Is your leadership style and approach to compliance different from that of your male colleagues?

I would say that my leadership style evolves based on the needs of the individual, team, or overall working environment. I certainly don’t take a ‘one size fits all’ approach. From personal experience, I’ve found that most female leaders tend to be more flexible in their approach than their male counterparts- perhaps because women tend to be excellent communicators (and that includes a focus on listening). I also think that empathy and mindfulness go a long way in effective leadership- something that women often bring to the table.  

What advice would you give to young women just starting out in their careers?

It’s largely the same advice I would give to young men; be yourself, try your best and treat people as you would wish to be treated. As an aside for young women specifically, I would add a reminder that your voice and opinion matter, knowing your worth is vital (both in terms of salary expectations and in terms of valuing your skill sets) and allow yourself to be pushed aside in the name of good manners is something you will resent yourself for in the long run.  

What challenges have you personally overcome as a woman in your industry?

I have a young family and, as a woman, there is an unspoken pressure to make sure that you don’t lose your pre-baby presence. There is a palpable fear among employers that being a mother can “interfere” with your working responsibilities. Being a working mum is, of course, notoriously challenging but, if I’m faced with a tough day, I remind myself that mothers do an amazing job at a lot of things that are considered routine for them, but that any non-parent would find hugely challenging.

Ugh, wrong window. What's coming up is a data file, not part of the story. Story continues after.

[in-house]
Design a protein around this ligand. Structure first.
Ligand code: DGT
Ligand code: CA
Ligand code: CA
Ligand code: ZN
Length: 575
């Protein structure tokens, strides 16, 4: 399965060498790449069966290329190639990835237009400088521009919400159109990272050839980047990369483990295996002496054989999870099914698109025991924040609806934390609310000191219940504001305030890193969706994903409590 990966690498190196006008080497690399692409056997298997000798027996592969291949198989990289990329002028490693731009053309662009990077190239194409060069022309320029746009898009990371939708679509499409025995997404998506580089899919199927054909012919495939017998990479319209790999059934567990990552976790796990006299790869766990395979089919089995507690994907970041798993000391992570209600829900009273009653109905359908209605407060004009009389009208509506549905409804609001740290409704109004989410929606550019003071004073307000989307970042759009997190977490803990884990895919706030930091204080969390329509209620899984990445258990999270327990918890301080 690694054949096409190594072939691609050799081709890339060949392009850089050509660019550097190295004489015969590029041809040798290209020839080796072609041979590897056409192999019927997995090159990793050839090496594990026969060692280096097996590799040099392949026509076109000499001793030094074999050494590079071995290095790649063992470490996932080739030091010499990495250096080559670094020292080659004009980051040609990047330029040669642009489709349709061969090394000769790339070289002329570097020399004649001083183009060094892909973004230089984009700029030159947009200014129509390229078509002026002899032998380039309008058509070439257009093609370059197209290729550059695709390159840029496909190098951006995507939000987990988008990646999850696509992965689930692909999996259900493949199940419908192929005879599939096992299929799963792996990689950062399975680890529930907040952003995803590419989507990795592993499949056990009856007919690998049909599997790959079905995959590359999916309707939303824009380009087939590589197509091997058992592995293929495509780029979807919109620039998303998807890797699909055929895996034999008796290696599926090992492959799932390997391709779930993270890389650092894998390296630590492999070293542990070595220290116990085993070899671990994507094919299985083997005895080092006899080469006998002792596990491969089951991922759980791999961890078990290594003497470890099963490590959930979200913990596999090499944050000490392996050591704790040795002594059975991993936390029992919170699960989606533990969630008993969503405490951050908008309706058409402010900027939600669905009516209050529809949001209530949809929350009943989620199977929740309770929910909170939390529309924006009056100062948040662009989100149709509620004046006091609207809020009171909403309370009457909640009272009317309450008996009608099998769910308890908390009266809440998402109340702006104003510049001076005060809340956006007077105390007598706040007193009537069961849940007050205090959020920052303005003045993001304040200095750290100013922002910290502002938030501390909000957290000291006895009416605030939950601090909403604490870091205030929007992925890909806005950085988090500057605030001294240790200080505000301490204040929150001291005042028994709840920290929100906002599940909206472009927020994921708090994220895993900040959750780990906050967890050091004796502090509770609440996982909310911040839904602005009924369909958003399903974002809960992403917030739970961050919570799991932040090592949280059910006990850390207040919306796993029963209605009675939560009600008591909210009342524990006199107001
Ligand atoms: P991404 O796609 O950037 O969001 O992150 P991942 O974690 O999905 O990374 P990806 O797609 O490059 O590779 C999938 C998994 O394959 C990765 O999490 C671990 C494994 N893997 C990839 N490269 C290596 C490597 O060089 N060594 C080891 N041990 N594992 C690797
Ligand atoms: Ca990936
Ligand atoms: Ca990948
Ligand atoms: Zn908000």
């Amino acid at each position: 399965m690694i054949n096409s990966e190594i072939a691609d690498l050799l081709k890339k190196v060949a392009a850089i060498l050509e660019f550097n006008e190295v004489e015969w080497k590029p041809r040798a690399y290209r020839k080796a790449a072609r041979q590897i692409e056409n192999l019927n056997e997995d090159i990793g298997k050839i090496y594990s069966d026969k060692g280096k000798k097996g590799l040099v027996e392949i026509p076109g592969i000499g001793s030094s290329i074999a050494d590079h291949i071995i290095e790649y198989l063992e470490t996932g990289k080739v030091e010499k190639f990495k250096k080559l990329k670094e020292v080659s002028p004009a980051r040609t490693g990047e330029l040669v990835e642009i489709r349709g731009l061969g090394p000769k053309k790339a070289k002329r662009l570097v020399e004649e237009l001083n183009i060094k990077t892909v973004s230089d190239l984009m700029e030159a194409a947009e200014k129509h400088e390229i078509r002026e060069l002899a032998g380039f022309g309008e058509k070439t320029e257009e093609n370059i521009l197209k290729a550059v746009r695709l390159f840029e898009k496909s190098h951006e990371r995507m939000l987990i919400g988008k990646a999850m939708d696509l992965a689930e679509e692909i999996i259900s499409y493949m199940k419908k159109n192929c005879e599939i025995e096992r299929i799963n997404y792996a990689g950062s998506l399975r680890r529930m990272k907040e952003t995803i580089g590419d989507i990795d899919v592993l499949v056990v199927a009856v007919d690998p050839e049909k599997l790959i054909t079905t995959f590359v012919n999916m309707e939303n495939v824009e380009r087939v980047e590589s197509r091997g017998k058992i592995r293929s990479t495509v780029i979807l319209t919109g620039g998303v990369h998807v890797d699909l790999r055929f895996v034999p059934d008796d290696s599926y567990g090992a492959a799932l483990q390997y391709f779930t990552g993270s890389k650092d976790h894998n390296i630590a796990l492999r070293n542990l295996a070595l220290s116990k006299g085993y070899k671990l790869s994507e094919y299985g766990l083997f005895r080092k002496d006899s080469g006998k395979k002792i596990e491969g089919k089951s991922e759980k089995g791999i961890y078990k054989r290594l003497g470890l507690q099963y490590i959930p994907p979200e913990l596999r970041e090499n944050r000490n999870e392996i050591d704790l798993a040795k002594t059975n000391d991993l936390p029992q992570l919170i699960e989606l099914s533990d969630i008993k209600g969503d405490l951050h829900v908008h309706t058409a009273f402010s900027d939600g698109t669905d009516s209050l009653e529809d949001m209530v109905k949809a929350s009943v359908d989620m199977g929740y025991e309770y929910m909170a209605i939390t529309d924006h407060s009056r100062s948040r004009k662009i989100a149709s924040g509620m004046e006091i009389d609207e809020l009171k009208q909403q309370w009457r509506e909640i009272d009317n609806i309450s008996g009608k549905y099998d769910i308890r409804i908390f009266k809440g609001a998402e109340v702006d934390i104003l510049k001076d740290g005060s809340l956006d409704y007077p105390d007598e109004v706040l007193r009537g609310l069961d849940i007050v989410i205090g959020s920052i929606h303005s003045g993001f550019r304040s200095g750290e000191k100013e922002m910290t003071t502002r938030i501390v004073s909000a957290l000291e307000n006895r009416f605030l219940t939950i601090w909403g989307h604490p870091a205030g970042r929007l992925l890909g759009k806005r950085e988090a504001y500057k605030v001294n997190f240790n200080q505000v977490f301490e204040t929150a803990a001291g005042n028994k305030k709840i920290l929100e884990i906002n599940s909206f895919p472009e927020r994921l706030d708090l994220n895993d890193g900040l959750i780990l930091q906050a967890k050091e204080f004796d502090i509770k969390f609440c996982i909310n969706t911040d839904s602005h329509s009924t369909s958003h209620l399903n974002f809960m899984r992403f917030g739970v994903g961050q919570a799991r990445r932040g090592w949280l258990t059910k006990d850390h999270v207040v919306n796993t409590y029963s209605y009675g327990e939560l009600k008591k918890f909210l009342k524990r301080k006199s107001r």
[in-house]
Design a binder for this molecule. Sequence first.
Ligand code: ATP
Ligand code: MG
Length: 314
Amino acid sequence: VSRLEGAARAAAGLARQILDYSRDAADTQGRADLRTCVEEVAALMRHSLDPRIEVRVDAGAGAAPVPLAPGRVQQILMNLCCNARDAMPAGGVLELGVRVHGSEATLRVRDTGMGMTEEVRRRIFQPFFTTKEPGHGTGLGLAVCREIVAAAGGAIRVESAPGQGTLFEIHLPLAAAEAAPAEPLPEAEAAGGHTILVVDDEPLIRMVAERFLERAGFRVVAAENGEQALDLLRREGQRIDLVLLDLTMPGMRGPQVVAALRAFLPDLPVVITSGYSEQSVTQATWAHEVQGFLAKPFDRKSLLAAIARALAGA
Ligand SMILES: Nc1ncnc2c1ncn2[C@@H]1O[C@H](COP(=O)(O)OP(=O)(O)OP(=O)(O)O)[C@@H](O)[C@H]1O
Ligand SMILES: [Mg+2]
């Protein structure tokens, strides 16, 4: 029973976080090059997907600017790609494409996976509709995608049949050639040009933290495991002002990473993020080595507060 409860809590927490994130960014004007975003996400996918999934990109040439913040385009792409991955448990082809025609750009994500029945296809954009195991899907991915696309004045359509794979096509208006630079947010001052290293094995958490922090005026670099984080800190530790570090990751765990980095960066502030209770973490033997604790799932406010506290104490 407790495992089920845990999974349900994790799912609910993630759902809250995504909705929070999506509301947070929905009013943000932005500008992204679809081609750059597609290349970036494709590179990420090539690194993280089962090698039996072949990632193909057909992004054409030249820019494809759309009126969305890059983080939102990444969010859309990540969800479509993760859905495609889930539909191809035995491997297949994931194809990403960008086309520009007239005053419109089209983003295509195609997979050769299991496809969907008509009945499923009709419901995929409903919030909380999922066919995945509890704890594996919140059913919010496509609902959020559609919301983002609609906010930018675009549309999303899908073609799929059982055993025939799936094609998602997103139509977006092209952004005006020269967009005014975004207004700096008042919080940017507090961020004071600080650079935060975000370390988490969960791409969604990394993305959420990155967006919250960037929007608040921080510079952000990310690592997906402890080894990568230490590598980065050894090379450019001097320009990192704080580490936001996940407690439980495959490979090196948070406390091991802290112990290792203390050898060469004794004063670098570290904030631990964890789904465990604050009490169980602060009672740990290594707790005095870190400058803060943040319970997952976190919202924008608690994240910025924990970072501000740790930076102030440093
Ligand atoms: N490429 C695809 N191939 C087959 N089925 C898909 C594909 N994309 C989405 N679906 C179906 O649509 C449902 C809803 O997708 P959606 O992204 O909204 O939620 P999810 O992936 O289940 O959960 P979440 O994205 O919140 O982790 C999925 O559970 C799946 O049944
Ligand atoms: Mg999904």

I harness the multi-tasking, organisational and negotiation skills I’ve developed as a Mum, along with the determination I feel to succeed. More importantly, I remind myself that I am still the person I was pre-baby, just modified or even upgraded! My motto is ‘if I can keep tiny people alive on zero sleep, I can do anything!”  

Have you been inspired in your career by another woman? Tell us about your inspiration.

Absolutely. A friend of mine is a completely self-made woman working in construction, working with some of the biggest engineering companies in the UK. It’s a male-dominated environment and, whilst she has faced major sexual discrimination in the workplace, she hasn’t let that stop her from getting to where she wants to be. Her drive, love for her job, and her commitment to keep going is a daily inspiration. 

Erica Booth

Erica is Head of Sales Development and consultant at Payzone 

What advice do you have for women aiming for leadership positions?

Having absolute faith and belief in yourself is crucial. Keeping the goal in the forefront of your mind will help you make decisions and choices that take you down your chosen path. Sometimes as women we can doubt or second guess ourselves.  Reflection is great feedback, keep it curious, uplifting, and positive.  

How did you get started in sales development?

Too many years ago to mention, I was a sales consultant in the beauty industry selling a particular brand into salons and it came to my attention that many of the employees were amazing at treatments however missing out on opportunities to upsell, increase their earning potential and mine. I created a simple sales training course – this I delivered as part of the package to my client’s staff. I loved how much value this brought to my clients, and me.  

What advantage do you feel women bring to the table that make them successful at leading a sales team?

Women bring a unique talent for leadership. Women tend to emphasize building connections, collaboration, shaping solutions and listening. It is these skills where women can really influence ad guide a sales team.